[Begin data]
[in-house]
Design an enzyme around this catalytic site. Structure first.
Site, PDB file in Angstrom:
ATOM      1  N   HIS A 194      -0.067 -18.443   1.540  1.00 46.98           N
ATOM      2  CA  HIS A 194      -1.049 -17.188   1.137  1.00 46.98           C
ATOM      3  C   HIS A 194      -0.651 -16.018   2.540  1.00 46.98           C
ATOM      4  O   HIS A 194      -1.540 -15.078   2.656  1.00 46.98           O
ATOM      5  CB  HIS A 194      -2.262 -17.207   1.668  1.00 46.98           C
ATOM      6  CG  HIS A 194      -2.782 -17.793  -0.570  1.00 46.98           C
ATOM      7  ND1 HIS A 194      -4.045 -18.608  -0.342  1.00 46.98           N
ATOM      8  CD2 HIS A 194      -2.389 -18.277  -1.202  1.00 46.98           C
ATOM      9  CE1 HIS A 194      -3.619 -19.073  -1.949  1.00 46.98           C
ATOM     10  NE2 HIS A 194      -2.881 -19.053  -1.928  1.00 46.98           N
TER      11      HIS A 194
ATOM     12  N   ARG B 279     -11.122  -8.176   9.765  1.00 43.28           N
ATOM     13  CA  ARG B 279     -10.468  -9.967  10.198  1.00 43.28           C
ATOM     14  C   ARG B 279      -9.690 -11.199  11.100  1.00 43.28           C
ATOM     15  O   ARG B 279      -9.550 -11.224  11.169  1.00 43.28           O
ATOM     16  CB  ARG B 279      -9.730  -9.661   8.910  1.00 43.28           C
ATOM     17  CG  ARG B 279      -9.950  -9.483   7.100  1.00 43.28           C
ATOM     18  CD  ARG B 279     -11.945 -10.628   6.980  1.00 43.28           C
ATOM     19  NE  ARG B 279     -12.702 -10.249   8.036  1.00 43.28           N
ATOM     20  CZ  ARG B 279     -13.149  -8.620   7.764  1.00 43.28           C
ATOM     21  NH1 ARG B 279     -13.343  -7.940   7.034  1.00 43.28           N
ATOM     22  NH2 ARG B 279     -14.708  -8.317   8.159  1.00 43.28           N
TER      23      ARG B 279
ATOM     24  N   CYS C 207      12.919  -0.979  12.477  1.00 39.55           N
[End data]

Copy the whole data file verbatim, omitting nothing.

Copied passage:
[in-house]
Design an enzyme around this catalytic site. Structure first.
Site, PDB file in Angstrom:
ATOM      1  N   HIS A 194      -0.067 -18.443   1.540  1.00 46.98           N
ATOM      2  CA  HIS A 194      -1.049 -17.188   1.137  1.00 46.98           C
ATOM      3  C   HIS A 194      -0.651 -16.018   2.540  1.00 46.98           C
ATOM      4  O   HIS A 194      -1.540 -15.078   2.656  1.00 46.98           O
ATOM      5  CB  HIS A 194      -2.262 -17.207   1.668  1.00 46.98           C
ATOM      6  CG  HIS A 194      -2.782 -17.793  -0.570  1.00 46.98           C
ATOM      7  ND1 HIS A 194      -4.045 -18.608  -0.342  1.00 46.98           N
ATOM      8  CD2 HIS A 194      -2.389 -18.277  -1.202  1.00 46.98           C
ATOM      9  CE1 HIS A 194      -3.619 -19.073  -1.949  1.00 46.98           C
ATOM     10  NE2 HIS A 194      -2.881 -19.053  -1.928  1.00 46.98           N
TER      11      HIS A 194
ATOM     12  N   ARG B 279     -11.122  -8.176   9.765  1.00 43.28           N
ATOM     13  CA  ARG B 279     -10.468  -9.967  10.198  1.00 43.28           C
ATOM     14  C   ARG B 279      -9.690 -11.199  11.100  1.00 43.28           C
ATOM     15  O   ARG B 279      -9.550 -11.224  11.169  1.00 43.28           O
ATOM     16  CB  ARG B 279      -9.730  -9.661   8.910  1.00 43.28           C
ATOM     17  CG  ARG B 279      -9.950  -9.483   7.100  1.00 43.28           C
ATOM     18  CD  ARG B 279     -11.945 -10.628   6.980  1.00 43.28           C
ATOM     19  NE  ARG B 279     -12.702 -10.249   8.036  1.00 43.28           N
ATOM     20  CZ  ARG B 279     -13.149  -8.620   7.764  1.00 43.28           C
ATOM     21  NH1 ARG B 279     -13.343  -7.940   7.034  1.00 43.28           N
ATOM     22  NH2 ARG B 279     -14.708  -8.317   8.159  1.00 43.28           N
TER      23      ARG B 279
ATOM     24  N   CYS C 207      12.919  -0.979  12.477  1.00 39.55           N